Granderson missed much of last season due to injury but that was a result of bad luck and not an indicator of future health issues. Twice Granderson was hit by pitches, once fracturing a finger and the other injuring his wrist. That’s not as likely to occur next year as Quentin’s knees forcing him out of the lineup.

Defense is another area that Granderson excels. He might not be any better than average in CF but should be terrific in LF. He runs pretty well, unlike Quentin, so should provide some extra value on the base paths.

For a team that desires to build around speed and defense, it would follow that Granderson would be a better fit than Quentin.

Now about that draft pick compensation stuff; the Friars own the 13th selection in the 2014 draft. From 1996 – 2010, a period covering 15 drafts, the players selected 13th overall have averaged 4 WAR for their careers to date with just two, Chris Sale and Aaron Hill, accruing double figures in that category.

In case the 13th selection was just an unlucky spot to be choosing during that period, players taken 14th overall between 1996 and 2010 tallied a combined 45.4 WAR; good for an average of just more than 3 career WAR per player.

I love draft picks too but with the fail rate so high I’d be okay sacrificing that pick for the right player. Curtis Granderson might be that player.

This is just one way the Padres could attack their need for a quality LH bat. There are likely many other alternatives. But what is most likely going to happen is the Friars will play Power Ball and hope to hit big on a cheap $1 ticket. That’s the route they’ve gone down over and over again and it’s the one that quite frankly, is getting tiresome. It hasn’t exactly yielded the best results so why bother continuing? The definition of insanity is doing the same thing over again and expecting different results. Isn’t that what the Padres have done?

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About the author: Glen Miller

Life-long baseball and Padres fan who attended his first Friar games way back in 1983. I've been a contributor on Friarhood for more than two years and enjoy talking baseball with the knowledgeable fans that frequent the site. Prior to my beginning here I owned and operated my own San Diego sports site while writing for several other sites focusing specifically on hockey. When not watching, reading or writing about sports I might be sleeping or perhaps spending time with my family since I have few other hobbies. I did recently try my hand at golf and am a pretty good pool player to boot.

  • TannedTom

    I agree that the club needs to start behaving like serious clubs do when adding talent, but Granderson? The last year he was healthy, 2012, he batted .232 with an OBP of .319. Yes he hit 43 HRs, but also struck out 195 times with only 75 walks. I’m sure he’ll pose little or no injury risk for 3 years, and is known as one of the nicest guys in the bigs, but he turns 33 next year, which is a little late for him to change his free-swinging ways. Plus he cannot hit lefties.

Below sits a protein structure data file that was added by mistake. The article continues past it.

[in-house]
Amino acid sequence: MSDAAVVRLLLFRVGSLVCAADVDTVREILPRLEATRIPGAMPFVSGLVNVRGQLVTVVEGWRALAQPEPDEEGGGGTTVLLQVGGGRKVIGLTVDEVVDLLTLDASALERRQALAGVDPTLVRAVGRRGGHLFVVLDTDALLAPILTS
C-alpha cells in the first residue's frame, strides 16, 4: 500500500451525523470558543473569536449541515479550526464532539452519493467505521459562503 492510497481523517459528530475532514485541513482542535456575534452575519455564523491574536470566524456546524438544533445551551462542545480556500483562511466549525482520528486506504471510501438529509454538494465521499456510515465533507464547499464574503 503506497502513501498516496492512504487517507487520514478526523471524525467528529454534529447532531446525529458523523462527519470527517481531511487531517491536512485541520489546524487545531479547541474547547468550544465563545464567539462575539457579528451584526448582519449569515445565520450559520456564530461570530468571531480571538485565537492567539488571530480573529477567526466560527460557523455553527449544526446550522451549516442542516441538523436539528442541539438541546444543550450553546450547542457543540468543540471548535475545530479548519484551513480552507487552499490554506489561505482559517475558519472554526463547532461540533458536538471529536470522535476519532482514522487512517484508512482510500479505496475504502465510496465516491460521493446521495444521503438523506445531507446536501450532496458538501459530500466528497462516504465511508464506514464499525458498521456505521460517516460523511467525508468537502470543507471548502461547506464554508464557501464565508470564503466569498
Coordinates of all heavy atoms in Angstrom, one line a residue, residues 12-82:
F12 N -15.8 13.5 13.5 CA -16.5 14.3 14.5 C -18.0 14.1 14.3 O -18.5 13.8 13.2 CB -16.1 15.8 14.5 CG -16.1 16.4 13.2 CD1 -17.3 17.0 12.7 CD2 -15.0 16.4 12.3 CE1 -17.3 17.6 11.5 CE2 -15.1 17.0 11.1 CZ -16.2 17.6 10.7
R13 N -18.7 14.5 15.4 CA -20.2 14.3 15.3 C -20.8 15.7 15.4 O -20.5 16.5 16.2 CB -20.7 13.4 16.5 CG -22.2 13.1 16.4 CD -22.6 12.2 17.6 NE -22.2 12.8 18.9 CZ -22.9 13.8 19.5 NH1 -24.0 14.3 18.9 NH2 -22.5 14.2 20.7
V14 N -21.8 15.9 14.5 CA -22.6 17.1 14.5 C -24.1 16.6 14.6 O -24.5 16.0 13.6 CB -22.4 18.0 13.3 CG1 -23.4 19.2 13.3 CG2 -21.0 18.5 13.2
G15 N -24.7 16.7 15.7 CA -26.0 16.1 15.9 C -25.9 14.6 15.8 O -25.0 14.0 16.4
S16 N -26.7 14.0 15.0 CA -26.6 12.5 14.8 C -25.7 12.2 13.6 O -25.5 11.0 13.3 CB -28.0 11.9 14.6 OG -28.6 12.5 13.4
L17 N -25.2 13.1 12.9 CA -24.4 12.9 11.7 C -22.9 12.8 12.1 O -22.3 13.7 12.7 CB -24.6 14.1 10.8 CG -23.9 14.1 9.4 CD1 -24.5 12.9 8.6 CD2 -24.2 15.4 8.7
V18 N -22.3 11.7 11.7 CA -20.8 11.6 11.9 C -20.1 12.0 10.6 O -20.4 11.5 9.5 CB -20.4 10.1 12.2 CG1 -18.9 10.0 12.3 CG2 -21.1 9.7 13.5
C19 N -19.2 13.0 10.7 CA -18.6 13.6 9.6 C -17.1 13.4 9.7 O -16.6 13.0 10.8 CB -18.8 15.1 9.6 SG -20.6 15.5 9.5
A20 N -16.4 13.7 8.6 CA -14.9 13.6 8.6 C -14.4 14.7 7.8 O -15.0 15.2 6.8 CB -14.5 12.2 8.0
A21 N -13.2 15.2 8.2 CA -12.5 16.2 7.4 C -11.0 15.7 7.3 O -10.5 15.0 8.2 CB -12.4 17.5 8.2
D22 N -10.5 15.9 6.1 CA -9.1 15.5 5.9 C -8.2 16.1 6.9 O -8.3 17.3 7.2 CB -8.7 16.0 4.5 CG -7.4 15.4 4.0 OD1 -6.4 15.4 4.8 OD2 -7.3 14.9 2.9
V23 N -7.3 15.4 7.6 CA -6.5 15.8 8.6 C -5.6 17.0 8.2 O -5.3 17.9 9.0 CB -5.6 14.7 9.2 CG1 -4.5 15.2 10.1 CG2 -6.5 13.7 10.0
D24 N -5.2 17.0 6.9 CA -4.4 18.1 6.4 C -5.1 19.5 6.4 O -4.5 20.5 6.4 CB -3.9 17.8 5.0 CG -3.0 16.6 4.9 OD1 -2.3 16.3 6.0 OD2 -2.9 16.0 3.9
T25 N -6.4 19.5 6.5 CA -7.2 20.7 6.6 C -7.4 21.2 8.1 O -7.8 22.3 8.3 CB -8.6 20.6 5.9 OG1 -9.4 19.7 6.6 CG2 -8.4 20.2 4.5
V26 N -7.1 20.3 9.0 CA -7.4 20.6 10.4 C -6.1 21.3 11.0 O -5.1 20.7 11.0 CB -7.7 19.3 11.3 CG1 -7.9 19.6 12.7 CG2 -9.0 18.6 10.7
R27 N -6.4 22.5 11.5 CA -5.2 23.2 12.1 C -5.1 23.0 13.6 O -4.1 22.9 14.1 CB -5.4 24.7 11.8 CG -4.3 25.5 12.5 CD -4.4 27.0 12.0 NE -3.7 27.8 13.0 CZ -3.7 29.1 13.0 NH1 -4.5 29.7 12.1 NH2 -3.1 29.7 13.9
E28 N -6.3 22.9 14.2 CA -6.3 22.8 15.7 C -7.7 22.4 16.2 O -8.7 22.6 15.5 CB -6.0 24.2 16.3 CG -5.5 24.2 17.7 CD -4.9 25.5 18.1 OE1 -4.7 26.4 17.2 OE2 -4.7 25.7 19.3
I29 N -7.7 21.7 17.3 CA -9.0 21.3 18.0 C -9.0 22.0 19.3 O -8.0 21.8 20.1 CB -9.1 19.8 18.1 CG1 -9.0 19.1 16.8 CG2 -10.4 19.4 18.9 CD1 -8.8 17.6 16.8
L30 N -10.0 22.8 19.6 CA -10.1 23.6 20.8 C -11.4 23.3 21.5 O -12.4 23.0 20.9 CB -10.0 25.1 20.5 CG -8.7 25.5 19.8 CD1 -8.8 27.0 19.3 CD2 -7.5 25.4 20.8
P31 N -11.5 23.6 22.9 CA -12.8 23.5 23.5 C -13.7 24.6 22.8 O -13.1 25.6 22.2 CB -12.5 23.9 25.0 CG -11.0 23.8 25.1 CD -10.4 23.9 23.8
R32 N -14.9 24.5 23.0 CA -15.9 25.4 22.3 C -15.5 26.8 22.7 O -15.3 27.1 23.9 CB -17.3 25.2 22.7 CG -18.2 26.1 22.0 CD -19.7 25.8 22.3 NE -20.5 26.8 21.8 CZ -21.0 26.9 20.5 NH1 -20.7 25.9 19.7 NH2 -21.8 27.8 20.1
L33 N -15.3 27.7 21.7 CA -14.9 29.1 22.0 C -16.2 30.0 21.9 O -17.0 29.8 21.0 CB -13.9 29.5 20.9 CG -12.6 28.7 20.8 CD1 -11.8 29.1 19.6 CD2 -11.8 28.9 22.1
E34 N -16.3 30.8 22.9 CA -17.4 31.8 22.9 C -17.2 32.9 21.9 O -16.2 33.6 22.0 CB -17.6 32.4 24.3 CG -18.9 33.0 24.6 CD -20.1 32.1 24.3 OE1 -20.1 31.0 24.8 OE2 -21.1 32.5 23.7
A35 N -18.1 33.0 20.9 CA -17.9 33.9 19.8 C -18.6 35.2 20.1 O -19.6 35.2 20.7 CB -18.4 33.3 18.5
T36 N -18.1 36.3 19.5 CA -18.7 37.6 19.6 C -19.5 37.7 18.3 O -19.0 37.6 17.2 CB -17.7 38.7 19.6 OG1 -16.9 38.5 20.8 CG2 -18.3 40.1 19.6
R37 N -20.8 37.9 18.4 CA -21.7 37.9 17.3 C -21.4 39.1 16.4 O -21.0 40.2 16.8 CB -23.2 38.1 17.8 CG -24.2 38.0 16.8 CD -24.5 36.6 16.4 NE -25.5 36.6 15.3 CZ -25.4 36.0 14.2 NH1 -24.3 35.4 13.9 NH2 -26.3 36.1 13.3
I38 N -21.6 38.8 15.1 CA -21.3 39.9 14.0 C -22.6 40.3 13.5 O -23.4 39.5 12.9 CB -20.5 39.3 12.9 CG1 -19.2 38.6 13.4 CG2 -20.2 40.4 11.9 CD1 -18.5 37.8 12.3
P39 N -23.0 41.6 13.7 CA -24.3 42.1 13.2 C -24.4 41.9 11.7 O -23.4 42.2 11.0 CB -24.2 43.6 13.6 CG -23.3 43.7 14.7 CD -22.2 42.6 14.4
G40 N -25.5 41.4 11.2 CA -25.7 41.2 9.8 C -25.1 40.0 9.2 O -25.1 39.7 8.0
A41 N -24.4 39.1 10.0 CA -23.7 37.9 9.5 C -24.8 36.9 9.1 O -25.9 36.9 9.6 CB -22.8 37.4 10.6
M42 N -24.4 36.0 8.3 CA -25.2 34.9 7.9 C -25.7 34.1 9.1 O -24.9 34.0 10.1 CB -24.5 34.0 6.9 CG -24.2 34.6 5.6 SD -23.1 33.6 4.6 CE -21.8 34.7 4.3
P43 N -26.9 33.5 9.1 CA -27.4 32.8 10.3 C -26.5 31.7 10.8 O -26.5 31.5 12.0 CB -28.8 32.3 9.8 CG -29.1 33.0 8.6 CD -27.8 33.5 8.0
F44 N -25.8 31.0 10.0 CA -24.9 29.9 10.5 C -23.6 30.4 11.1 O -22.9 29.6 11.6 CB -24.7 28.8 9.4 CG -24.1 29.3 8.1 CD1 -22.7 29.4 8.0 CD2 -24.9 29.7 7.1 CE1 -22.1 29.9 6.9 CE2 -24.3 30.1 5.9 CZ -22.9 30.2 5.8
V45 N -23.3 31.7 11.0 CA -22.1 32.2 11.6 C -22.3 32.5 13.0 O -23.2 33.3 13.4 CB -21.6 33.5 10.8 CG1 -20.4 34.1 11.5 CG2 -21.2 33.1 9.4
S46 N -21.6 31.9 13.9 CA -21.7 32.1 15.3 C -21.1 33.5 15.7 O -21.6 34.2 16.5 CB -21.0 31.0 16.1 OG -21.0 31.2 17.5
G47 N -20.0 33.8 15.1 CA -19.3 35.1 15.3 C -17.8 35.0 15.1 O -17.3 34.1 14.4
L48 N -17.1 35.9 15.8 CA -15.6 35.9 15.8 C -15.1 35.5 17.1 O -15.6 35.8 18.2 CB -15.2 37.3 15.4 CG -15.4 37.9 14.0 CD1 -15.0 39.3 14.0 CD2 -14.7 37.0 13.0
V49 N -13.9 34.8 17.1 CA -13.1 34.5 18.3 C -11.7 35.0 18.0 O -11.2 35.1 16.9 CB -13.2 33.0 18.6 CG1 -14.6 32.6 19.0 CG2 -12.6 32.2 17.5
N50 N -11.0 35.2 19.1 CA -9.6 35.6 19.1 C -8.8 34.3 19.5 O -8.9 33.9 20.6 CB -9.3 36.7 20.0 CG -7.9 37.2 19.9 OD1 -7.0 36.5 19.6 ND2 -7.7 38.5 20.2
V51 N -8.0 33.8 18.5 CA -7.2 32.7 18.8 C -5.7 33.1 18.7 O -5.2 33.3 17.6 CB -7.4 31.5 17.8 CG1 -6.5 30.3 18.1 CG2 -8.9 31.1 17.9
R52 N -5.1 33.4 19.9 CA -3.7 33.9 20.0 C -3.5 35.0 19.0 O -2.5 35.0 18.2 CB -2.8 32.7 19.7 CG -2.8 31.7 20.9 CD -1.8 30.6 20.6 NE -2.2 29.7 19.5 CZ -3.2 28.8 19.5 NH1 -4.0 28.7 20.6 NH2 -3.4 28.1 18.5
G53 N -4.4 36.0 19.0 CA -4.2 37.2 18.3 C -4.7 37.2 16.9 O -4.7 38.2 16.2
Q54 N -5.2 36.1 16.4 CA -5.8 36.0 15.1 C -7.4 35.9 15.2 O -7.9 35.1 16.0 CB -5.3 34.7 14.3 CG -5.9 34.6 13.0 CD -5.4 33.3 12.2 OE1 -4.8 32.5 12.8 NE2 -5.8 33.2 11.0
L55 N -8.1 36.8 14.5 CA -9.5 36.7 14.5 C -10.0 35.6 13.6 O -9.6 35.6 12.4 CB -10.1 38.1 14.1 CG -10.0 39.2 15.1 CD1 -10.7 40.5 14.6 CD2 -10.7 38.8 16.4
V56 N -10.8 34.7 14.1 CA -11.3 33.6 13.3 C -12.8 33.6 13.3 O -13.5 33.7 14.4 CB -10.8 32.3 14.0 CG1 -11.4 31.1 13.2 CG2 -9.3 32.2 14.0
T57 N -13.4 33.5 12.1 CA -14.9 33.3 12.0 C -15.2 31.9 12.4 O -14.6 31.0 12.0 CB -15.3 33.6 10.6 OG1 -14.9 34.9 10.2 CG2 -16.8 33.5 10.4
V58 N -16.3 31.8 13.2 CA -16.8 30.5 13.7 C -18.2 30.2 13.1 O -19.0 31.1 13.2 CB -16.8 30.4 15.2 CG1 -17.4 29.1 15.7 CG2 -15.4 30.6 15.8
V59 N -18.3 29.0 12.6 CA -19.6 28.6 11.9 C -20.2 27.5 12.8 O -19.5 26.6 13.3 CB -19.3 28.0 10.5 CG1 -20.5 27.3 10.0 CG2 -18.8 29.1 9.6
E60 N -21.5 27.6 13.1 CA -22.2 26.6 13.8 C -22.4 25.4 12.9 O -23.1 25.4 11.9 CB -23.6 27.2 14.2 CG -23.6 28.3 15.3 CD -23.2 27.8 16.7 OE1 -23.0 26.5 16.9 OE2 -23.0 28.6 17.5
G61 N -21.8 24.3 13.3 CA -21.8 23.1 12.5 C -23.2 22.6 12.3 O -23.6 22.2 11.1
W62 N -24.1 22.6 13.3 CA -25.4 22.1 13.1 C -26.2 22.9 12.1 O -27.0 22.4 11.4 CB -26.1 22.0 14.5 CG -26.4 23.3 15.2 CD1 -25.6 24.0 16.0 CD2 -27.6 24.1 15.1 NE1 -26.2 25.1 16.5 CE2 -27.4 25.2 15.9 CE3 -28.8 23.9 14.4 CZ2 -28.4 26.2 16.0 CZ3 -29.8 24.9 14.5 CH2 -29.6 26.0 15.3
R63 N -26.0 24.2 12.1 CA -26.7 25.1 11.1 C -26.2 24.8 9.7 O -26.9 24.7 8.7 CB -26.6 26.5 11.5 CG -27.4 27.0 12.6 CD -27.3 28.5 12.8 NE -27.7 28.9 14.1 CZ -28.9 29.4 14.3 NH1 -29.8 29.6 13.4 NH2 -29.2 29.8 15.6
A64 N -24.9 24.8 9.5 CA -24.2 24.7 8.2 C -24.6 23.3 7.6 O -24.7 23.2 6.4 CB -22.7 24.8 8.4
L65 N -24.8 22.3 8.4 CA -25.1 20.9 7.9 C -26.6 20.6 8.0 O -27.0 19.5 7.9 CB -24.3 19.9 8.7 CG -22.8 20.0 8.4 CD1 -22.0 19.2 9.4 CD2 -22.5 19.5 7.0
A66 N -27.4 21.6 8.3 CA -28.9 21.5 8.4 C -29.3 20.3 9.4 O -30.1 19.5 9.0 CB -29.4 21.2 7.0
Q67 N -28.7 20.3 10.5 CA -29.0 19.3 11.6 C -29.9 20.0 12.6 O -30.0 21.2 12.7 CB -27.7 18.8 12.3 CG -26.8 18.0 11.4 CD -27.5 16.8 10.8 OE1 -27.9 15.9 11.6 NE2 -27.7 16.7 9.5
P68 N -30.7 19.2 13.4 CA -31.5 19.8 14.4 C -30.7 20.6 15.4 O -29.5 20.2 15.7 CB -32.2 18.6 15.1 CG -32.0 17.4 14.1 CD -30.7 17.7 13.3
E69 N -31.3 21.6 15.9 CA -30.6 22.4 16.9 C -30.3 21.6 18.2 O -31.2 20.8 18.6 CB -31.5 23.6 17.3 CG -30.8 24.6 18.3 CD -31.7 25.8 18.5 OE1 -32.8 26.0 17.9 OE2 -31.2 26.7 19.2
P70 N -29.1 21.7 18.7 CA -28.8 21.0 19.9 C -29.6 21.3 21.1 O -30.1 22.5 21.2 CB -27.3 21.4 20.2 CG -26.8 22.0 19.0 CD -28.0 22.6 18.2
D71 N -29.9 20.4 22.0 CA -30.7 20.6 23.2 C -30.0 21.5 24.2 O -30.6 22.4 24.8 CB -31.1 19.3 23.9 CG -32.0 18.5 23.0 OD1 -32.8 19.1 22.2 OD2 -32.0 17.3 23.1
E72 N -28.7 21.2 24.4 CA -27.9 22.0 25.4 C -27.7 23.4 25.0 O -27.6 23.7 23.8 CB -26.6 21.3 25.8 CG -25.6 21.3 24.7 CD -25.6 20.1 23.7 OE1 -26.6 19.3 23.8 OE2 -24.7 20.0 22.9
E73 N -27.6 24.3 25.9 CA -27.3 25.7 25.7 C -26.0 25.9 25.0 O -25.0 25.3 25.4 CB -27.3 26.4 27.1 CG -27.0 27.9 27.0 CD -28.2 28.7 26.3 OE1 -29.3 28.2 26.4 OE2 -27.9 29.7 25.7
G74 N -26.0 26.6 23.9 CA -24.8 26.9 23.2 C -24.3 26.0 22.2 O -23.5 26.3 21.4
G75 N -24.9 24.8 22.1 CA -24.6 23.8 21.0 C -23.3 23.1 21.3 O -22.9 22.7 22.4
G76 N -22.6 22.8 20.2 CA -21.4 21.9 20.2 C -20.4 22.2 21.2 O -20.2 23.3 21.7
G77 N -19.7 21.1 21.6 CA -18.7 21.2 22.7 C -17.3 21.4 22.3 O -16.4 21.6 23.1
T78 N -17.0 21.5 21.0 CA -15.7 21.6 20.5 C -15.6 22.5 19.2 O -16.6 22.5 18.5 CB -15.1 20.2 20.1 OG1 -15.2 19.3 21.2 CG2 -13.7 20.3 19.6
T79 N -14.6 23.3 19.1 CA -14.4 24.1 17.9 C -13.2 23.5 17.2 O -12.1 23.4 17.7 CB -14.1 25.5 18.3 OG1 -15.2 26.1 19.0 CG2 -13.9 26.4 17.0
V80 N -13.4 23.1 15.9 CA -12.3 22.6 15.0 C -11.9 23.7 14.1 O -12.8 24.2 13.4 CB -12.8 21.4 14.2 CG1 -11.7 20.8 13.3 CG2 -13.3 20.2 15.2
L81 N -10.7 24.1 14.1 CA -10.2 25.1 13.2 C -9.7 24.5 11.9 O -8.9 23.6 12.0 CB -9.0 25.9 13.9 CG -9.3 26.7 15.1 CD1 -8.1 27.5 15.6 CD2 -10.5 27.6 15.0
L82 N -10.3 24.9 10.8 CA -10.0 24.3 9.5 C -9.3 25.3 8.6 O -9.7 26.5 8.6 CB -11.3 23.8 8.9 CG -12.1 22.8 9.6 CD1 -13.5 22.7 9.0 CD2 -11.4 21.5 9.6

I’d pass on Kelly Johnson, a .235/.305/.410 hitter is nothing we need.

    As for trading Q., I guess it ought to happen, but I hate parting with such a good hitter and such a professional, team first attitude. Especially for a reliever.
    At least you’re asking the right question, and Granderson wouldn’t be a horrible signing. Thing is why on earth would he want to sign with San Diego? There are plenty of teams nearer contention that need a power-hitting corner OF.
    This, more than anything else, is the toxic product of the penny-pinching ways of the last few ownership groups. The club is not regarded as serious about competing, making it a suitable destination only for reclamation projects.

  • Rick

    Typical discussion of Padres baseball. It’s always about adding players from other teams–older players who are past their prime and are on a downhill slide. The Padres could win some pennants if they ever decided to give their young players a chance rather than letting the young players have part-time roles or rot in the minors while adding over the hill free agents.

  • Beersy

    Just wondering how the Padres and Orioles are going to talk Quentin into not using his full no trade clause? He apparently loves it in San Diego and as far as I know Baltimore doesn’t compare well to San Diego.

    The idea is sound, and I actually think that these moves would greatly help the Padres, but I just can’t see it happening.

    • Rick

      I wonder why the Padres were so eager to sign Quentin to a long-term contract. They really wanted badly to keep a guy who is always injured, who is a terrible fielder, and who is a slow runner. They based their decision on what Quentin did in the past, not what he can do in the present or future. This team has no vision and always looks backward rather than forward.

      • Beersy

        The reason for the extension was the man crush Byrnes seems to have on Quentin from their days together in Arizona. It is unfortunate that the Padres don’t have the unlimited payroll like some teams because when Quentin is in the lineup he does produce and does make everyone else around him better, but it only for 90 games a season.
        And just my opinion, but Quentin’s 3 year $27million deal is going to look a lot better than Pujols’s 10 year $240 million in the long run. The Padres are not the only team out there that signs players for what they have done in the past, pretty much every team does.

  • MrWhamBam

    how many times does it need to be said?…Quentin IS NOT GOING ANYWHERE UNLESS HE WANTS TO GO, BECAUSE HE HAS A FULL “NO TRADE CLAUSE”…